Leigh often spent time taking phone calls and reading customer letters to ensure that he was serving their needs, a practice that continues at Orvis today.
The idea of mixing business and his sporting passions first occurred to Leigh when he began looking for a company of his own to build. He had been a customer of the Vermont-based Orvis since his college days in western Massachusetts. After a nine-month courtship with then owner Dudley “Duckie” Corkran, Leigh closed the deal on the first day of 1965. He was a hands-on owner, serving as president, merchandiser, art director, product-developer and whatever else needed doing. His attention to detail was legendary, and he personally approved every item in the catalog.
Over the next 27 years, Leigh would grow the company—founded in 1856 by Charles F. Orvis—from a niche business with 20 employees and $500,000 in annual sales to a mail-order and retail powerhouse with more than 700 employees and sales topping $90 million. Along the way, he was a pioneer in both business and product development. Among the first to capitalize on changes in the direct-marketing world, Leigh made the Orvis catalog a household fixture from coast to coast and opened Orvis retail stores in cities around the country.
In 1966, Leigh launched the world’s first fly-fishing school in Manchester, Vt., teaching 150 students the basics. He added a wingshooting school several years later.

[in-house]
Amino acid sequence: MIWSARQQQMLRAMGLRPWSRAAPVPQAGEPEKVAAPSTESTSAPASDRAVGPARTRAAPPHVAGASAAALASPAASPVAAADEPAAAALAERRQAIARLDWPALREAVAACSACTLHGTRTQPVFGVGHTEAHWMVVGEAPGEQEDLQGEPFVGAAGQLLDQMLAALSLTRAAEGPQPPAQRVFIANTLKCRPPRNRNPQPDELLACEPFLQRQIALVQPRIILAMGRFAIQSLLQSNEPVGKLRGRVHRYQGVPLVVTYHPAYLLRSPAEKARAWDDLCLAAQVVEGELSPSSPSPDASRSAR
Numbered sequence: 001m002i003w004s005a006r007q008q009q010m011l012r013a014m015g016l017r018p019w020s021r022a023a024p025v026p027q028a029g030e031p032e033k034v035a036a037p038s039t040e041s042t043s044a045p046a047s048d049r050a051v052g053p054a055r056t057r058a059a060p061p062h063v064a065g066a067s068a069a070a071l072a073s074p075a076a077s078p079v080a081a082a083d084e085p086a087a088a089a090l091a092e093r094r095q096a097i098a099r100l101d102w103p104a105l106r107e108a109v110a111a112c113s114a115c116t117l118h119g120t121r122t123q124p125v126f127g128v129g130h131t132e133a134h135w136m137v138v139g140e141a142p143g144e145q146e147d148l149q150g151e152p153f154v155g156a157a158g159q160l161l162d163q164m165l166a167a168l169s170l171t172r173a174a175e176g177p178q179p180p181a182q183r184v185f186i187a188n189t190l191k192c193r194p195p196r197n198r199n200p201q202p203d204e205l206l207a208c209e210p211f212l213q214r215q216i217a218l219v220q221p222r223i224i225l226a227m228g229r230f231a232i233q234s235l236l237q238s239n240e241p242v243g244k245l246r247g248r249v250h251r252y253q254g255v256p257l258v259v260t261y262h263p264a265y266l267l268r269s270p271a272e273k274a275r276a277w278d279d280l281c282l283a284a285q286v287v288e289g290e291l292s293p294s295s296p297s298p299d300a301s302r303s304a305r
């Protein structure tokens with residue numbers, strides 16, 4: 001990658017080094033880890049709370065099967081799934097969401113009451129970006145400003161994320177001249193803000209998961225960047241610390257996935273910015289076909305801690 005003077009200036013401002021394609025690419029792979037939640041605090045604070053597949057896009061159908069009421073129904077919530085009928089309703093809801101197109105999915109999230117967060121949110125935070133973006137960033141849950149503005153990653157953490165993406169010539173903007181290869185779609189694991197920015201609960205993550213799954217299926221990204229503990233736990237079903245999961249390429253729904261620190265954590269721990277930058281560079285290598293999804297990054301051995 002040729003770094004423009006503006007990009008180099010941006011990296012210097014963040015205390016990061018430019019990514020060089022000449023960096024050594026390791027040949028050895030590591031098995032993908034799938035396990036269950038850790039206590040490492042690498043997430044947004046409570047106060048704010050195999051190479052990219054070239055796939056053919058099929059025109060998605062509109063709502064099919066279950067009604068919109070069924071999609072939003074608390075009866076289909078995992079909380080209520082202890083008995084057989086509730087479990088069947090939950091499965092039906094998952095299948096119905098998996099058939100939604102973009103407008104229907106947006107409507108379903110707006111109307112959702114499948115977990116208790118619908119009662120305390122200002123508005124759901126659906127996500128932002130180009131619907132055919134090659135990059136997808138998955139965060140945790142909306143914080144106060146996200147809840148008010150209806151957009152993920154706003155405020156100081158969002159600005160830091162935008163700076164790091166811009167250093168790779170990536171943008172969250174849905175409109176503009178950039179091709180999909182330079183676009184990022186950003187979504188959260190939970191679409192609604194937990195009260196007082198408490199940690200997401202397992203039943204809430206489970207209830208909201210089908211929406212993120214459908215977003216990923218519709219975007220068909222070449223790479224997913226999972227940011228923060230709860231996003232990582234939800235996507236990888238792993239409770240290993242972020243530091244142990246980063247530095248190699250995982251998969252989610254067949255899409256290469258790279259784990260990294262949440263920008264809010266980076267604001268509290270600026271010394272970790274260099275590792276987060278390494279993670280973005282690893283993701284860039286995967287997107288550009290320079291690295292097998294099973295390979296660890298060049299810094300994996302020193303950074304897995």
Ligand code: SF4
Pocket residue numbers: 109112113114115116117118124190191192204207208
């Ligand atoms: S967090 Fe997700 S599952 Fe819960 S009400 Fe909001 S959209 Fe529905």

“It was one of the first outdoor schools of its kind,” says Tom Rosenbauer, Orvis’ chief fly-fishing enthusiast and one of the sport’s best-known teachers, anglers and authors. “Kids got that kind of stuff at summer camp, but it was groundbreaking for adults and the industry.”
The company now offers free instruction to more than 15,000 would-be anglers per year. As his grandson Simon explains, “His passion for education and sharing has grown over the years into an important Orvis legacy of increasing access and participation in the fly-fishing and wing-shooting communities.”
Tarpon Are Now Catch-and-Release In North Carolina
It’s official! The new regulation making tarpon catch-and-release only in North Carolina is effective immediately, which will protect tarpon migrating north in the summer. The process for legislative review was completed after an appeal by pier operators failed. The Bonefish and Tarpon Trust supported the amendment throughout the process and applauded the North Carolina Marine Fisheries Commission for taking this important step to improve the state’s management of the tarpon fishery.
“Protecting this magnificent fish while it spends time in our North Carolina waters is a great move by the North Carolina Division of Marine Fisheries Commission Board,” said Capt. Jot Owens, North Carolina fishing guide and BTT Conservation Captain. “Thank you to everyone who supported this amendment and a special thanks to the Commission board members who voted in favor of this ruling.”
Fishing Legend Stu Apte Offers Casting Tips